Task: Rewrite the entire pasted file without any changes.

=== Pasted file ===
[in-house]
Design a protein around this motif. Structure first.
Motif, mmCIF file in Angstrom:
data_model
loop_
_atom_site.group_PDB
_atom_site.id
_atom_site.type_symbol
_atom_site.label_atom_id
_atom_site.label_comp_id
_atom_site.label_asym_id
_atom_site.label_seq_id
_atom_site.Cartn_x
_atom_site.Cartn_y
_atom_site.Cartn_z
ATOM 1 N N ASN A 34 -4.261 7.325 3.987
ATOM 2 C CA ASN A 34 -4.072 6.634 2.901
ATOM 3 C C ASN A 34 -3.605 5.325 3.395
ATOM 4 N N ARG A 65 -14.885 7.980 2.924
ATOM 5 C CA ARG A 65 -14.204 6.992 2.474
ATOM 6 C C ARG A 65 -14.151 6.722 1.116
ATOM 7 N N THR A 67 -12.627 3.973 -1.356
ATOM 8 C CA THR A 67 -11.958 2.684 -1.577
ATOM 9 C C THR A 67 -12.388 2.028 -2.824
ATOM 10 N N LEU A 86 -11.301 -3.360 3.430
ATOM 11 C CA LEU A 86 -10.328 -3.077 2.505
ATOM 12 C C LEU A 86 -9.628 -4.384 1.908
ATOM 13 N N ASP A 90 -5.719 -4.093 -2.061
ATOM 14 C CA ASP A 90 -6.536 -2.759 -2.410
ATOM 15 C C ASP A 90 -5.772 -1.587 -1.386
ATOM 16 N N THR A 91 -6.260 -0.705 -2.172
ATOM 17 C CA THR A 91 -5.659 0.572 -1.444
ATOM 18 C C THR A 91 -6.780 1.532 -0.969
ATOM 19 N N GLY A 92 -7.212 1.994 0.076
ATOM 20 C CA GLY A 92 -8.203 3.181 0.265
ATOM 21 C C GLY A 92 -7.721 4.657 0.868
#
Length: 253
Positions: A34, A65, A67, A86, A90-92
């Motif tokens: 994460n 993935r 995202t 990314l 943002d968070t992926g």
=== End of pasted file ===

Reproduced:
[in-house]
Design a protein around this motif. Structure first.
Motif, mmCIF file in Angstrom:
data_model
loop_
_atom_site.group_PDB
_atom_site.id
_atom_site.type_symbol
_atom_site.label_atom_id
_atom_site.label_comp_id
_atom_site.label_asym_id
_atom_site.label_seq_id
_atom_site.Cartn_x
_atom_site.Cartn_y
_atom_site.Cartn_z
ATOM 1 N N ASN A 34 -4.261 7.325 3.987
ATOM 2 C CA ASN A 34 -4.072 6.634 2.901
ATOM 3 C C ASN A 34 -3.605 5.325 3.395
ATOM 4 N N ARG A 65 -14.885 7.980 2.924
ATOM 5 C CA ARG A 65 -14.204 6.992 2.474
ATOM 6 C C ARG A 65 -14.151 6.722 1.116
ATOM 7 N N THR A 67 -12.627 3.973 -1.356
ATOM 8 C CA THR A 67 -11.958 2.684 -1.577
ATOM 9 C C THR A 67 -12.388 2.028 -2.824
ATOM 10 N N LEU A 86 -11.301 -3.360 3.430
ATOM 11 C CA LEU A 86 -10.328 -3.077 2.505
ATOM 12 C C LEU A 86 -9.628 -4.384 1.908
ATOM 13 N N ASP A 90 -5.719 -4.093 -2.061
ATOM 14 C CA ASP A 90 -6.536 -2.759 -2.410
ATOM 15 C C ASP A 90 -5.772 -1.587 -1.386
ATOM 16 N N THR A 91 -6.260 -0.705 -2.172
ATOM 17 C CA THR A 91 -5.659 0.572 -1.444
ATOM 18 C C THR A 91 -6.780 1.532 -0.969
ATOM 19 N N GLY A 92 -7.212 1.994 0.076
ATOM 20 C CA GLY A 92 -8.203 3.181 0.265
ATOM 21 C C GLY A 92 -7.721 4.657 0.868
#
Length: 253
Positions: A34, A65, A67, A86, A90-92
């Motif tokens: 994460n 993935r 995202t 990314l 943002d968070t992926g």